Fædrelandsvennen creates free subscription programme for students

By Siri Andresen


Kristiansand, Norway


Access to credible news has become increasingly scarce for young people. In the past, newspapers were on the coffee table, and the evening news was on TV. Now, these information channels have largely been replaced by less credible sources on social media.

Young people must learn to distinguish between credible information and information that should be questioned. With that in mind, Fædrelandsvennen wants to promote healthier media habits by offering free subscriptions to all high school students.

So we teamed up with high schools and local businesses, and this is what happened:

  • Reaching young readers: FVN Youth has achieved concrete and solid results in increased reader engagement with a demographic all newsrooms struggle to reach. So far, we have logged in 2,300 students between 16 and 19 years old in Kristiansand, which corresponds to approximately 50% coverage within this target group. And, importantly, they use it to read news.
  • Amplifying young voices in public discourse: We have lowered the barrier for young voices to engage in media discussions, resulting in a significant increase in contributions from individuals under 20 years old, registering a 350% rise in opinion pieces.
  • Innovating journalism financing: There is growing evidence that we need to find new ways to finance journalism in the future. FVN Youth is funded by local contributors and foundations, setting an example of successful economic and social innovation.

Our approach

We provided students with their own subscriptions to fvn.no, financed by local businesses and foundations. We needed to develop an onboarding solution that ensured that those who register are actually students, while simultaneously further developing our digital newspaper to create a tailor-made user experience for the students.

We have divided them into their own segment, and for the first time, we have data on how teenagers read news articles; we have never had that many subscribers under the age of 20.

Two journalists prepare to meet with students in the classroom.
Two journalists prepare to meet with students in the classroom.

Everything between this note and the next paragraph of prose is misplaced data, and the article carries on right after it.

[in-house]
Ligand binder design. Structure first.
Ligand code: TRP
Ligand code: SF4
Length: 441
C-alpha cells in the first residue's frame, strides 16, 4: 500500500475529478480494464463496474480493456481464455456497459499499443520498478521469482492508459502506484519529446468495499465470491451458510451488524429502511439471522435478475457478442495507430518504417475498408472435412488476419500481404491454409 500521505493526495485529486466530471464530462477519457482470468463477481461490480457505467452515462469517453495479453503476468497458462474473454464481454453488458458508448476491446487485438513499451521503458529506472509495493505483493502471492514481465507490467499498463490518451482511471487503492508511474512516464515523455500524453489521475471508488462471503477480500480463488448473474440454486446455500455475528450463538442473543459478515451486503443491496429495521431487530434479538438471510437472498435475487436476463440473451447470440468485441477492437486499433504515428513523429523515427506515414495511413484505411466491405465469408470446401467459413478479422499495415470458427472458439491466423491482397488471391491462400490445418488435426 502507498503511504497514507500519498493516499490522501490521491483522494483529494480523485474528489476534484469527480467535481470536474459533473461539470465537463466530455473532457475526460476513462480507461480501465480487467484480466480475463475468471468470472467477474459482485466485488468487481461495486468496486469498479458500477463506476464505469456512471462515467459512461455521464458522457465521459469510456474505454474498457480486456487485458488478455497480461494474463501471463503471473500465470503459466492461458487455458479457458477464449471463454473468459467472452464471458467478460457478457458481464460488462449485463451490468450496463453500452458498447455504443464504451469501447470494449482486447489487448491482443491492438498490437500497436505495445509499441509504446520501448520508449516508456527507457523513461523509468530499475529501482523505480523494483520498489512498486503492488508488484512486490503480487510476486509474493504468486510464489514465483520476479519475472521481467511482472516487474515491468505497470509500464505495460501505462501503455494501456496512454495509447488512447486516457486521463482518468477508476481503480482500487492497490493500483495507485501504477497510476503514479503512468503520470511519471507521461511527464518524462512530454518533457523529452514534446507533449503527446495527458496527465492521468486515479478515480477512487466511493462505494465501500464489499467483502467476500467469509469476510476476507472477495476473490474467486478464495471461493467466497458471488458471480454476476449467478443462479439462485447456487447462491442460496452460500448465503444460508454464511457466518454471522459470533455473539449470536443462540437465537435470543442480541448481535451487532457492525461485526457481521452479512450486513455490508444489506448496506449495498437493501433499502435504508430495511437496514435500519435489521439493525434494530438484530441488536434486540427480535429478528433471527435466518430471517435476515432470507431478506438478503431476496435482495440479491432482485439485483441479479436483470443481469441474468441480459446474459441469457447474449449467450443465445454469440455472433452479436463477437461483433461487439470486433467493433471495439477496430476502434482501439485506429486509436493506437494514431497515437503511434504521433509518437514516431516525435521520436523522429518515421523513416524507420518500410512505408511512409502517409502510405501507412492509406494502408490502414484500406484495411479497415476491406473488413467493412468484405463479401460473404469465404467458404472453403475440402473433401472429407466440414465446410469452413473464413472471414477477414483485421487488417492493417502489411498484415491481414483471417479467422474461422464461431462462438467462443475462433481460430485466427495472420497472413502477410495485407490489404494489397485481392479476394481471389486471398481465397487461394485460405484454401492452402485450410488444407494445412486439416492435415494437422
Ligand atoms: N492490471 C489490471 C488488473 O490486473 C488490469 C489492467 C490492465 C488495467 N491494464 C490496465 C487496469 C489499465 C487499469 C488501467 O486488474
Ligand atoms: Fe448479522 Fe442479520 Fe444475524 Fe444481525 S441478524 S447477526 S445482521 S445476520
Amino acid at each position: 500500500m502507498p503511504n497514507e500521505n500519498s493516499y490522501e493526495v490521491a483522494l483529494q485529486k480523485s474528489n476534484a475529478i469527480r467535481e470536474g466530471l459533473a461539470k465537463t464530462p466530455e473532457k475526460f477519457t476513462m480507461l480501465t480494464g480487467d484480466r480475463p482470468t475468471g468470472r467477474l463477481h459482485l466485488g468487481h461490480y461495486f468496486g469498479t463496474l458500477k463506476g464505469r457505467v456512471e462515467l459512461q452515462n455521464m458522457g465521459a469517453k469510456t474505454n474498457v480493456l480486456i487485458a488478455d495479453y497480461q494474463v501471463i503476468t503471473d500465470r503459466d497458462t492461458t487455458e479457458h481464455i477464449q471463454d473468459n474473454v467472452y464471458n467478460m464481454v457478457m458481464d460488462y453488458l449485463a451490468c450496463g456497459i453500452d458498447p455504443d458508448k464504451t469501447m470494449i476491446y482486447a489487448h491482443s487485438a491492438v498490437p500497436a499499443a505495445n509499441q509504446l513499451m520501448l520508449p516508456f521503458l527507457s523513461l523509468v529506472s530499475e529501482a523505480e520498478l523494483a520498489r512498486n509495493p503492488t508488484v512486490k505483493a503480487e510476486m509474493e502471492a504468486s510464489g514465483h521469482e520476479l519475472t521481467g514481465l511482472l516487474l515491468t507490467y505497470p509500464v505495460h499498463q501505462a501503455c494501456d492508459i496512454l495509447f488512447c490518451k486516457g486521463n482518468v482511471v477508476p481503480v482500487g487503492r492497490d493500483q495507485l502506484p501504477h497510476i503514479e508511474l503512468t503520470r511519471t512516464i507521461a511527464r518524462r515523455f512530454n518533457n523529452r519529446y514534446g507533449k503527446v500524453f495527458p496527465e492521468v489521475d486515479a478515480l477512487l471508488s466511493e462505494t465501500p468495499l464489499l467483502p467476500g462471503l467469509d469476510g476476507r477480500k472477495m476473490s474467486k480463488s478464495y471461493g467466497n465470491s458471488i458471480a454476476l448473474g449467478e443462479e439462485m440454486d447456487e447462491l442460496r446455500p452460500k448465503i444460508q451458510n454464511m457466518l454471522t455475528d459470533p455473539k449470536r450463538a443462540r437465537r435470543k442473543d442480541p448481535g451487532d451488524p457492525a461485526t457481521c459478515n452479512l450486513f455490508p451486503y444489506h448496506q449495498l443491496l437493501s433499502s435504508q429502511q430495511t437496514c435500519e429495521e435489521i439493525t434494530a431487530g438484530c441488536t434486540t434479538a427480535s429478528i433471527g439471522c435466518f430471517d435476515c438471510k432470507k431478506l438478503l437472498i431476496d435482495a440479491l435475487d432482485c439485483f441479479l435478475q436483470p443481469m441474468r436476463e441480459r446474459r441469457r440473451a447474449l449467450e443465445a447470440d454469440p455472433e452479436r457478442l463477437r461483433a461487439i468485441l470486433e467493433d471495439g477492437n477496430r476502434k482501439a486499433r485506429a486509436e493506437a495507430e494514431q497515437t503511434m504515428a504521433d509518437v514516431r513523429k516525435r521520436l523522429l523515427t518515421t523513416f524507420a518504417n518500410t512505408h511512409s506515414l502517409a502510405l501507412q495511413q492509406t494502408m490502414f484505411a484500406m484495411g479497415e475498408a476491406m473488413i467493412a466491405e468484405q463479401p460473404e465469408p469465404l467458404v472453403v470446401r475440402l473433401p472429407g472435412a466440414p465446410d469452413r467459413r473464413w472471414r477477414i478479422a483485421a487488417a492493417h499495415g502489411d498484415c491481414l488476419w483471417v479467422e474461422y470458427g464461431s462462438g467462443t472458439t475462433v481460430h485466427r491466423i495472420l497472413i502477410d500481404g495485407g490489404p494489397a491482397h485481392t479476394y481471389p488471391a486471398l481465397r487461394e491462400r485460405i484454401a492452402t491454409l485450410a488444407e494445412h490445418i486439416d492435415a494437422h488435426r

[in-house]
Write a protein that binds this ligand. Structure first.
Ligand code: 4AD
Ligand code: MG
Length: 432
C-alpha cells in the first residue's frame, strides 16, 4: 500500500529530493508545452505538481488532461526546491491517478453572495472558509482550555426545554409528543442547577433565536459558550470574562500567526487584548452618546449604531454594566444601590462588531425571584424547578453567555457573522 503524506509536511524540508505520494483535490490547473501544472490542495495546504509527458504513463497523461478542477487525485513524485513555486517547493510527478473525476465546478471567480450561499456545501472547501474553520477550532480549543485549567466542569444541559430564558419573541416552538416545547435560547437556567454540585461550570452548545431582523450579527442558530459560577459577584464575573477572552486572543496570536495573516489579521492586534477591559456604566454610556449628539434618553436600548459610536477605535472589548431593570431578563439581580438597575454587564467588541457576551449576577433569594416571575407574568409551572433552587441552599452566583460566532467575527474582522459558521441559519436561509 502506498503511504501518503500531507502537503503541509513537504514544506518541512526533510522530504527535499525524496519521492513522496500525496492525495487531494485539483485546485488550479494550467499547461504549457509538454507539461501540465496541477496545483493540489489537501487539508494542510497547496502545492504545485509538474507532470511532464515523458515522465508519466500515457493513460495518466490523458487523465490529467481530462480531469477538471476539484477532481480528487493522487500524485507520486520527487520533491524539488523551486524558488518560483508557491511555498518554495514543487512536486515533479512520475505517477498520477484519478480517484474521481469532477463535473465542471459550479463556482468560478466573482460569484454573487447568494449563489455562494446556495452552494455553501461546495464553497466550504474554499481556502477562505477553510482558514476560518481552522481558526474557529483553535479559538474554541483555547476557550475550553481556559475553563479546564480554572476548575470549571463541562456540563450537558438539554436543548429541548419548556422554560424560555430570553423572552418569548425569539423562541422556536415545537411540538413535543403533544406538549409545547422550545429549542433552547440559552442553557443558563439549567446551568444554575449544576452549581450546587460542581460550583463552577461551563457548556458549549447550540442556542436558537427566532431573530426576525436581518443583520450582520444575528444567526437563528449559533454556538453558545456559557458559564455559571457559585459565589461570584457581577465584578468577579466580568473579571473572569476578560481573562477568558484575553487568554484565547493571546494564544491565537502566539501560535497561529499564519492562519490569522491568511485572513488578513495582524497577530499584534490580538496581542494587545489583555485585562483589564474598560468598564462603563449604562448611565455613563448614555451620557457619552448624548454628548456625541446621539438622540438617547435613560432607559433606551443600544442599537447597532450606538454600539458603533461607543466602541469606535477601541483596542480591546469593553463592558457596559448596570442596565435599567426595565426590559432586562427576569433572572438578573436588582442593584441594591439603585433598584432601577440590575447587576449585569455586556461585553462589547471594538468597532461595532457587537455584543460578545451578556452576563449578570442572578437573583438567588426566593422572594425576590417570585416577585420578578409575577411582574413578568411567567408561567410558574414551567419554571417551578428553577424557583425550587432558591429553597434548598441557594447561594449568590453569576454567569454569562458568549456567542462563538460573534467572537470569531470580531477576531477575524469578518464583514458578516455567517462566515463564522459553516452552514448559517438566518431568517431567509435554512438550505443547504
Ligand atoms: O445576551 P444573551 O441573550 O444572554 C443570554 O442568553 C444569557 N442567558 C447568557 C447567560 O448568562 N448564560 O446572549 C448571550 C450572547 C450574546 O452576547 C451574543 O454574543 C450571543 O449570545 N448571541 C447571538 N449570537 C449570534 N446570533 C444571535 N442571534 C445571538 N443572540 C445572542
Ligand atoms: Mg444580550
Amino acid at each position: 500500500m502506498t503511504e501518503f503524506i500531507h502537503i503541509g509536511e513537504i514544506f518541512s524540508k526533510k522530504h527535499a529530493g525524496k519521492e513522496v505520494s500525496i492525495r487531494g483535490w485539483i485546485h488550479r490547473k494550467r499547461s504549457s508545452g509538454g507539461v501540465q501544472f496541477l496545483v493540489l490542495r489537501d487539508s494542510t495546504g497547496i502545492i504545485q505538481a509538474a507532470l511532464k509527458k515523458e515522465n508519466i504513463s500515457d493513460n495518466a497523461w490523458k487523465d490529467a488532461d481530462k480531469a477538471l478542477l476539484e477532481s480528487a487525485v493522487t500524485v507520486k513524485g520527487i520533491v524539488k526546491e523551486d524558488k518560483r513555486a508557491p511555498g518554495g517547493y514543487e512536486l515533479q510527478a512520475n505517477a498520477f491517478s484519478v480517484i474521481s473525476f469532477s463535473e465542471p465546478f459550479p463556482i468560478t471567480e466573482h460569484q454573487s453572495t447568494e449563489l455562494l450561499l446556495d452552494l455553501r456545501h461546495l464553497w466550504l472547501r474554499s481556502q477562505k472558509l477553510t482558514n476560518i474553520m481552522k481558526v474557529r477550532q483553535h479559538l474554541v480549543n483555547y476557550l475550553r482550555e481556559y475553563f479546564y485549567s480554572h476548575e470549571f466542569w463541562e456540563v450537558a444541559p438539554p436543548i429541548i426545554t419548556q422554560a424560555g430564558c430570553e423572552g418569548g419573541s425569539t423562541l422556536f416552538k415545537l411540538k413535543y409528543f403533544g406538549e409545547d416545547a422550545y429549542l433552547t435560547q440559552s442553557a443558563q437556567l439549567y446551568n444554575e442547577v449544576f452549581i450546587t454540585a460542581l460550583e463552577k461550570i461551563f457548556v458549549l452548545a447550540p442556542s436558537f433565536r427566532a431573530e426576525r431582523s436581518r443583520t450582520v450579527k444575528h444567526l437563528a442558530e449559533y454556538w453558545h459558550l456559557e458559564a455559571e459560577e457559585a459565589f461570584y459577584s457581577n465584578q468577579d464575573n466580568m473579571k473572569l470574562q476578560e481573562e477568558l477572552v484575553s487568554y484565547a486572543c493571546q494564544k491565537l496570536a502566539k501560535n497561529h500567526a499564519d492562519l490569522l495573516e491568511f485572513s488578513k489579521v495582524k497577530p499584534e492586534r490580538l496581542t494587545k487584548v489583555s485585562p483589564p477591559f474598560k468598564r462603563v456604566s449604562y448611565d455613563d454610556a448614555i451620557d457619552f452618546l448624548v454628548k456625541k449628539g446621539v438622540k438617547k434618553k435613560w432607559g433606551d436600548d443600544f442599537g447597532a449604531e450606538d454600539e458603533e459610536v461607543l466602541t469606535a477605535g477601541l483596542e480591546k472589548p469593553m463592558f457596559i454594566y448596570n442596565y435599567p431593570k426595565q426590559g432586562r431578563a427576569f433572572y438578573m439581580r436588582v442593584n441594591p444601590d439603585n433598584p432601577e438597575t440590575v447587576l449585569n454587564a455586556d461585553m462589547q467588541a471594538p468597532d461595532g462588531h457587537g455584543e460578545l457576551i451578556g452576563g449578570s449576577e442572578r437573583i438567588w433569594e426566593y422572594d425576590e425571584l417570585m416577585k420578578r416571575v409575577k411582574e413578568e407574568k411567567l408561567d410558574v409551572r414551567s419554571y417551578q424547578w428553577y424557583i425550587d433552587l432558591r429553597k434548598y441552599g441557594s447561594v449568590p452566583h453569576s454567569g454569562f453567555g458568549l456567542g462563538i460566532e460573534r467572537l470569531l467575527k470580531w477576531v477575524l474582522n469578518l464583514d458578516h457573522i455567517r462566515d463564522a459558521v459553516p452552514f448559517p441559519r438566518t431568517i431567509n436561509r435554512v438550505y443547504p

Our journalists visit them in their classrooms to inspire courage in expression and societal engagement. They also discuss source evaluation, press ethics, and the distinction between editor-led media and other sources that students use.

So far, we have visited approximately 120 school classes, representing more than half of all the classes in the high schools. The classroom visits have been a highly rewarding experience for all editorial staff members who have participated. We also find that both students and teachers appreciate this initiative.

We create targeted content and facilitate using our news content in teaching. We receive a lot of input, tips, and feedback on our journalistic content from our young audiences, which provides a new starting point to reach young people with topics that concern them.

Through the project, we have managed to finance five journalists — young journalists who create journalism for young people on their terms. And we can see that this works! The content is consumed, and it also sells subscriptions to “adults.”

We hold debate competitions and facilitate young people’s contributions of opinions on fvn.no. And most importantly: We show them how they can do it with us. We discuss how we handle opinion pieces, who receives them, and what happens afterwards.

What’s next

Collaboration with high schools and local contributors has been a game-changer for us. In the past eight months, we have achieved results we never would have imagined. We are currently planning the next stage in our project and are already looking forward to the next school year.

About Siri Andresen

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